Meanwhile, your NHL officiating peers are giving their all, too – regularly logging 4-5 miles a game. Those totals are even greater at your level, where you and your colleagues officiate multiple games a day, several times per week, on a seemingly never-ending calendar.

And, although we want to perform our best every game, everyone has both good days and bad – players and officials alike. To learn more about keeping burnout at bay, we went to the experts: longtime amateur hockey scheduler Larry Carrington and former NHL official Mark Faucette.

“There is so much more to officiating than meets the eye,” said Faucette, a 17-year NHL veteran. “It may look easy from the stands, but to maintain total control of a game along with the stress, slumps, supervisors, travel, and fitness regimen takes a very special kind of person.”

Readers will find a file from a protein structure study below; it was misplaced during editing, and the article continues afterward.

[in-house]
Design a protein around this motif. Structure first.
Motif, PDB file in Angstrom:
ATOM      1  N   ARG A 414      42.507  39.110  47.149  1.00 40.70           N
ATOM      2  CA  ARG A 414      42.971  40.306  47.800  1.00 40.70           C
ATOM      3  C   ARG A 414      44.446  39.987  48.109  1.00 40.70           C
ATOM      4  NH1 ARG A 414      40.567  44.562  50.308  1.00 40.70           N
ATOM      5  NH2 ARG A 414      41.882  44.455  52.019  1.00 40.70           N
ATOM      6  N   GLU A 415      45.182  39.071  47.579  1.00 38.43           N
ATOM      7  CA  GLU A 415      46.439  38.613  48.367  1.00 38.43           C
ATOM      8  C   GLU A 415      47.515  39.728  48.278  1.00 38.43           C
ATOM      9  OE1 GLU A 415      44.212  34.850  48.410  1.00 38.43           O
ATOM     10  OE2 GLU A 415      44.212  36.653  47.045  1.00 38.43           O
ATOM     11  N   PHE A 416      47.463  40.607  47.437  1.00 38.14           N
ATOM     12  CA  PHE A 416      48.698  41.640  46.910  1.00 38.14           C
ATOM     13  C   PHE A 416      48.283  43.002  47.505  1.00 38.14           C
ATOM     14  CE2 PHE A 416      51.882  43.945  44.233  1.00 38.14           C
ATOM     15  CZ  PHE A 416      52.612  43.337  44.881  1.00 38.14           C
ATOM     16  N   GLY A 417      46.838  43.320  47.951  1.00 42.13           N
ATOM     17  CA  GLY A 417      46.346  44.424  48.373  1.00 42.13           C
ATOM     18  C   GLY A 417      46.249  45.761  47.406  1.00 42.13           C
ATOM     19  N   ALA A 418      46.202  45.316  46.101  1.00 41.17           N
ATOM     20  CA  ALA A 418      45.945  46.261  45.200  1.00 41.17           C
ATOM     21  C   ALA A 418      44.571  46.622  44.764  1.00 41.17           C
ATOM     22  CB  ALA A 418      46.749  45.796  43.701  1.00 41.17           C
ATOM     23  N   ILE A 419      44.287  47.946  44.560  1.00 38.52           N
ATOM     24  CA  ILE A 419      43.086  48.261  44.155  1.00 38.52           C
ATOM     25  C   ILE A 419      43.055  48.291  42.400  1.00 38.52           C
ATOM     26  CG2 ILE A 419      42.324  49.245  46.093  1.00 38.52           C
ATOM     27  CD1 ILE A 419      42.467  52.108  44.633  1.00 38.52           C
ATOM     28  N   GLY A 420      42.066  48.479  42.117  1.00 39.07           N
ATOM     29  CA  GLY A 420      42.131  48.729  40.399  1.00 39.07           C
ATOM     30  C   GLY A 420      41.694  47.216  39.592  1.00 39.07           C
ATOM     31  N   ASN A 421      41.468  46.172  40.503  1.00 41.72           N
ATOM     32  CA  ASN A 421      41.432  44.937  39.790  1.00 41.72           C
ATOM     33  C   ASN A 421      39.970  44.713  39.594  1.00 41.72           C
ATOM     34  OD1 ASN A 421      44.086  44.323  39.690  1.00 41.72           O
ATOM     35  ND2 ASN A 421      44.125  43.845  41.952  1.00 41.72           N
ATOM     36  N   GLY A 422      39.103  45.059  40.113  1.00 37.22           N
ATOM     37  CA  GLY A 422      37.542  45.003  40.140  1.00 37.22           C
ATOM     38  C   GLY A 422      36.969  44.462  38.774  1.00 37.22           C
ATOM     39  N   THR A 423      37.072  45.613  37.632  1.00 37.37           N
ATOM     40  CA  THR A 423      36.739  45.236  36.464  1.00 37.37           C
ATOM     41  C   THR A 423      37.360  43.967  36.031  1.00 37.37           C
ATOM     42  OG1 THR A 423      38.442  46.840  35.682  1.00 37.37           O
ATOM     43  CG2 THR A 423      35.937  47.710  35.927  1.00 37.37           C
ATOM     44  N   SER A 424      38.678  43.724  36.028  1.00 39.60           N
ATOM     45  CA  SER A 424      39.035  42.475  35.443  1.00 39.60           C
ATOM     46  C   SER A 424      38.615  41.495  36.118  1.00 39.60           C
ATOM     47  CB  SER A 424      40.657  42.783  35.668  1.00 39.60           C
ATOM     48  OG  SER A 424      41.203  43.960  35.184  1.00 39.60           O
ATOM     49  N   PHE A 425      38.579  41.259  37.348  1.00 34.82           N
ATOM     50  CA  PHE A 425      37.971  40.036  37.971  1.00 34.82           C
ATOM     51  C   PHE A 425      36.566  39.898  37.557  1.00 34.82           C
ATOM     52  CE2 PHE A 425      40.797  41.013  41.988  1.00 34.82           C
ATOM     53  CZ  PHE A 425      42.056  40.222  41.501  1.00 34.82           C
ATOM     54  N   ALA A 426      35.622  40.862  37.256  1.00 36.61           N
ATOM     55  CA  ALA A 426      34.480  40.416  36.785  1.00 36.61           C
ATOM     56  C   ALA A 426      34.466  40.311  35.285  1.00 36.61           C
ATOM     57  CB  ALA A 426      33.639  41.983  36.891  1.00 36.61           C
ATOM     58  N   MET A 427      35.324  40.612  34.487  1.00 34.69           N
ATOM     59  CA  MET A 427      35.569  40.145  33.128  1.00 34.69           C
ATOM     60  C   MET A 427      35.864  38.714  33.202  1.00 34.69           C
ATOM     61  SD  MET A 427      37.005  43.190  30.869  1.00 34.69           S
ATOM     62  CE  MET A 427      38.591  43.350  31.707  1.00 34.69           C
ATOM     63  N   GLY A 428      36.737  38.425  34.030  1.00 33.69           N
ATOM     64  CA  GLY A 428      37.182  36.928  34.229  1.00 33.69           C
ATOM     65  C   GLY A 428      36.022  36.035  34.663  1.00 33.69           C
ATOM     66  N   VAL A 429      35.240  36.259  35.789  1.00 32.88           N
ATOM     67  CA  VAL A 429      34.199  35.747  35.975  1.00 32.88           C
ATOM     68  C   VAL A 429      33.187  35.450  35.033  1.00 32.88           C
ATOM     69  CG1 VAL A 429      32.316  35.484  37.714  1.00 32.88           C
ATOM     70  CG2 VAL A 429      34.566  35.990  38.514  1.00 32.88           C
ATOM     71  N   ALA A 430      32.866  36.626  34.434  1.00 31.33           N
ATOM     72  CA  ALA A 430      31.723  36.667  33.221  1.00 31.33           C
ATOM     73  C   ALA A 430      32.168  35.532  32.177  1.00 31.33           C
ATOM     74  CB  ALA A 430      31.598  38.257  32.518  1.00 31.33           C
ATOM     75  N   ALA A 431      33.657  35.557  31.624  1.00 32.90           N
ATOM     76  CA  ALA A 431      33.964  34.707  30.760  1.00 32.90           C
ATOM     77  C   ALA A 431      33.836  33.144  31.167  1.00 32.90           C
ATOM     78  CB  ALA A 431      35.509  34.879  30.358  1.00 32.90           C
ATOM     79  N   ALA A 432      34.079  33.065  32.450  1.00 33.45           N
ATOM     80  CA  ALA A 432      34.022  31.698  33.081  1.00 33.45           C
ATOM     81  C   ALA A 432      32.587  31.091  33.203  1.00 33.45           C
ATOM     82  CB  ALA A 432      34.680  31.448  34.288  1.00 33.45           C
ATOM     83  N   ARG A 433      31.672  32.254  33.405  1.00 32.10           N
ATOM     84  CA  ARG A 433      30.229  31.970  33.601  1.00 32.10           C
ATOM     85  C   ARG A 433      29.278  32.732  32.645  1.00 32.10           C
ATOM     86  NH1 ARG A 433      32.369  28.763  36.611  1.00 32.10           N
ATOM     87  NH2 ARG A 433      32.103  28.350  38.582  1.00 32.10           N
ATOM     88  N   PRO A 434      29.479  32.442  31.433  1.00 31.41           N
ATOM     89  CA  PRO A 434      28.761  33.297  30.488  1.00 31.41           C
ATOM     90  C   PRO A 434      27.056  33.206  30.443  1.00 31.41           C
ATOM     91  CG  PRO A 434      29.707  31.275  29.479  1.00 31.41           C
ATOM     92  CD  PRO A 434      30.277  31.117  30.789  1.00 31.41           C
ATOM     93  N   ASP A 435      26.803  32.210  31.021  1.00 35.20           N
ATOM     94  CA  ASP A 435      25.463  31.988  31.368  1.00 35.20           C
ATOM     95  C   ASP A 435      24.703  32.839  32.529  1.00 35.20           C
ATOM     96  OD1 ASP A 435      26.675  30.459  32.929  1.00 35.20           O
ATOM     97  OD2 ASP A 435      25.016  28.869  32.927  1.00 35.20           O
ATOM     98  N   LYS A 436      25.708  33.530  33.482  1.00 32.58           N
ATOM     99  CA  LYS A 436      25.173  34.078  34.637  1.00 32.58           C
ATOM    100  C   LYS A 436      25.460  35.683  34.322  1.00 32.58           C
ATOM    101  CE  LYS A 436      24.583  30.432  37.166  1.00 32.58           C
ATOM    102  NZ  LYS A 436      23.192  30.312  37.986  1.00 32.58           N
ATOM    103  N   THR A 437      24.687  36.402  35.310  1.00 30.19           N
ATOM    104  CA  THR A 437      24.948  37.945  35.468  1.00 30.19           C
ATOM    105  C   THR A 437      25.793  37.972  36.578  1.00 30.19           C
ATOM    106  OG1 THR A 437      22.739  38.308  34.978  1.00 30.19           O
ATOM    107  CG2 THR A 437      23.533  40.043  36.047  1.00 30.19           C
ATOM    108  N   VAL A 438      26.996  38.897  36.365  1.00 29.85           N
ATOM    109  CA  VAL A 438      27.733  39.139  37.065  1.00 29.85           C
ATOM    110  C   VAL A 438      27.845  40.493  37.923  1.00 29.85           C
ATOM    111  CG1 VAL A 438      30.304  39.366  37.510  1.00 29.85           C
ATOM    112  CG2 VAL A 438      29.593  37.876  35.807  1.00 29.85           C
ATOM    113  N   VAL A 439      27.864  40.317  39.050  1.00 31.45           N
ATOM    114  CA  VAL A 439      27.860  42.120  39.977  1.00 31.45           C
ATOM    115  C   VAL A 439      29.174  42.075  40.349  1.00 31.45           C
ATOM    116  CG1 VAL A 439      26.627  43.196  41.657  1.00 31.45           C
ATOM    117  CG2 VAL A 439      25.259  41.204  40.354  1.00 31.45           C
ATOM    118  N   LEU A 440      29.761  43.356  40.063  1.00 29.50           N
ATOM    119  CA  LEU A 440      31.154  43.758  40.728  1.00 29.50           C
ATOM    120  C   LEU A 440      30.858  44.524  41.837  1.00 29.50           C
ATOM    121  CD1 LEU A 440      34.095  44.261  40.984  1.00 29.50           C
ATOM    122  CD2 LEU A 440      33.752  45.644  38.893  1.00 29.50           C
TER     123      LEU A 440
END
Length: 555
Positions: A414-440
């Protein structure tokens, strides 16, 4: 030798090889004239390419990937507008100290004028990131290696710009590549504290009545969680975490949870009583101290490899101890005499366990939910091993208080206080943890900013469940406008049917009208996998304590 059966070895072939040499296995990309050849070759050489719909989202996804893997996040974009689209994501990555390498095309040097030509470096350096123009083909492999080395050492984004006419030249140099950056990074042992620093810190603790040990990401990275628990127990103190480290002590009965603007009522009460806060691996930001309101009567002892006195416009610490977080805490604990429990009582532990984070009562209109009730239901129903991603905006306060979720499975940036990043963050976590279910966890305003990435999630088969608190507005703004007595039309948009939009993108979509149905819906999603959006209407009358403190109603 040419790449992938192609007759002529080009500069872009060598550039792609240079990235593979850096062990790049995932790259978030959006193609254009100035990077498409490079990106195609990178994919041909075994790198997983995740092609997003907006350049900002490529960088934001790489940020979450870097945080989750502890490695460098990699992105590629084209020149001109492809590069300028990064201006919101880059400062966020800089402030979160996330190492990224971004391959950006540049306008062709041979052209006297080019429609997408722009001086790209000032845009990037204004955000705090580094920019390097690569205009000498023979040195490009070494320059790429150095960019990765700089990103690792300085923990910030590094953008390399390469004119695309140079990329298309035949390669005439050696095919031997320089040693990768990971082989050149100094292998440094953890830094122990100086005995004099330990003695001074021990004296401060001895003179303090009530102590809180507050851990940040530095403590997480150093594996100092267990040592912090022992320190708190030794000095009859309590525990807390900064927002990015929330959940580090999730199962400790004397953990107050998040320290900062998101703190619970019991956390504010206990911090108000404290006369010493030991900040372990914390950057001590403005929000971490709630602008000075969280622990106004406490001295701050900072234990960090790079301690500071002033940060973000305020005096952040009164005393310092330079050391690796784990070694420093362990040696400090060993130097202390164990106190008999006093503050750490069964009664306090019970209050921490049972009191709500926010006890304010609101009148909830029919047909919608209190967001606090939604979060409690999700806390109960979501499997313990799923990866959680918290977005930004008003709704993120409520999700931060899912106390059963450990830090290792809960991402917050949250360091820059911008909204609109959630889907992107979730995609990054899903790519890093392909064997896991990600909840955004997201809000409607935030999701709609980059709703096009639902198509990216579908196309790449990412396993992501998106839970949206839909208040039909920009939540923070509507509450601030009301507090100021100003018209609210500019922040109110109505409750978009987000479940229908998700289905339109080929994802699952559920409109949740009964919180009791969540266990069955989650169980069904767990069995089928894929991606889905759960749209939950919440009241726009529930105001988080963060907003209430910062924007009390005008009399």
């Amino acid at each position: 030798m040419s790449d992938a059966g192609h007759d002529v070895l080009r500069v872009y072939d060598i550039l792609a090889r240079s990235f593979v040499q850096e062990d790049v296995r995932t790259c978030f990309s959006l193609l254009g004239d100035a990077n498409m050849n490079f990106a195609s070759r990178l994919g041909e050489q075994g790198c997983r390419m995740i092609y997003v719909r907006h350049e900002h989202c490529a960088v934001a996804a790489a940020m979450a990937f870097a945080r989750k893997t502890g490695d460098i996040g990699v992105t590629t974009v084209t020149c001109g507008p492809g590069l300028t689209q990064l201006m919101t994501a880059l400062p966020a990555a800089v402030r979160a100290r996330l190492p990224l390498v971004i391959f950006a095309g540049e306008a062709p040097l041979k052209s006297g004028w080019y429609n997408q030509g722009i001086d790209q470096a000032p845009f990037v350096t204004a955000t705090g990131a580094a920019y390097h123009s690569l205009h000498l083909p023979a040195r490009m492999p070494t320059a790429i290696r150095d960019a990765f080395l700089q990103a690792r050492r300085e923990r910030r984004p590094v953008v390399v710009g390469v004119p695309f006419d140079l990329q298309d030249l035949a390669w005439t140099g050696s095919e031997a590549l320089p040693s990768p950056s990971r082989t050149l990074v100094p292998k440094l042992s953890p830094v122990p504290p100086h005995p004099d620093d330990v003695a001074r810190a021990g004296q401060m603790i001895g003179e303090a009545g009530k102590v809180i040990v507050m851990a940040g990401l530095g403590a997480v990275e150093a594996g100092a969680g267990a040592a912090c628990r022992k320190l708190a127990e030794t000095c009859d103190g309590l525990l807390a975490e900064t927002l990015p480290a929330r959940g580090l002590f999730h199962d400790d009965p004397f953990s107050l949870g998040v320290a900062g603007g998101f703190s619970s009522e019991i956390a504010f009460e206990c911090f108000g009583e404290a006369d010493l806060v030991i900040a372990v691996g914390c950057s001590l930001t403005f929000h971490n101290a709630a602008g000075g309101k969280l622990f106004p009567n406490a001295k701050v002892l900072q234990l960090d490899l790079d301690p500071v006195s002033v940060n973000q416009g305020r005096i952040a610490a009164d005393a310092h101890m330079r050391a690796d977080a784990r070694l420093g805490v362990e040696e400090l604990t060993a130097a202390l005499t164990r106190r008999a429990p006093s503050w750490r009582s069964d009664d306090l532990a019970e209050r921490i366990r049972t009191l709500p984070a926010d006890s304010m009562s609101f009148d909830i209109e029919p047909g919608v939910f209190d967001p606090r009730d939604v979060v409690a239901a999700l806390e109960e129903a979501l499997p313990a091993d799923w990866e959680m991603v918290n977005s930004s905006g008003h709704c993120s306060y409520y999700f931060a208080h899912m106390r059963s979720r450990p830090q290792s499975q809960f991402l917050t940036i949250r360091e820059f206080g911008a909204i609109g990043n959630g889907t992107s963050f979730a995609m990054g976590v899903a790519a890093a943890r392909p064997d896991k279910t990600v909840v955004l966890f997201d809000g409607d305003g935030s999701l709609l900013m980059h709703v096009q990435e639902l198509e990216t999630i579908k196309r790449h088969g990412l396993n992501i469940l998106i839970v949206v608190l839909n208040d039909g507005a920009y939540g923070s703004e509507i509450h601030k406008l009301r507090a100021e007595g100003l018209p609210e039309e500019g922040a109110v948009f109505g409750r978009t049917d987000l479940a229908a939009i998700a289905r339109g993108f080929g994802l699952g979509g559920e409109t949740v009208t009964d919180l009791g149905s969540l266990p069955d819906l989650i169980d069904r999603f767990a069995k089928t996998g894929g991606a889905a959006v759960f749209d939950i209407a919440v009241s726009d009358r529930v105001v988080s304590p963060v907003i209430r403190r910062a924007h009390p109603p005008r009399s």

Get in shape (and stay there)
We all think we’re in “pretty good” shape, but the reality is, officials must be top athletes and in great condition – even at the youngest levels.

“Conditioning is very important—the deeper into the season, the more important it is,” Carrington said. “Burnout happens physically, mentally, and emotionally. An official who is in good condition will experience less physical burnout, and that will in turn help with the emotional and mental burnout.”

Faucette stresses following a workout routine that maxes yourself at least every other day. Neither player or official should plan to use games as a vehicle toward better physical fitness.

“Where we used to go to camp to get into shape, officials today are on summer conditioning regimens and are tested as soon as they come to camp,” he said. “Taking care of your body is a total focus for the good official.

“The players are so much stronger and faster now, so it’s imperative the officials keep the same pace.”

Find balance
No, not balance on your skates (that’s a given). Rather, make sure to keep the big picture in mind, to work a manageable schedule that includes everything that’s important to you – family, friends, and time away from the rink.

Although it makes Carrington’s job as an assignor more difficult, he said it pays off in the long run.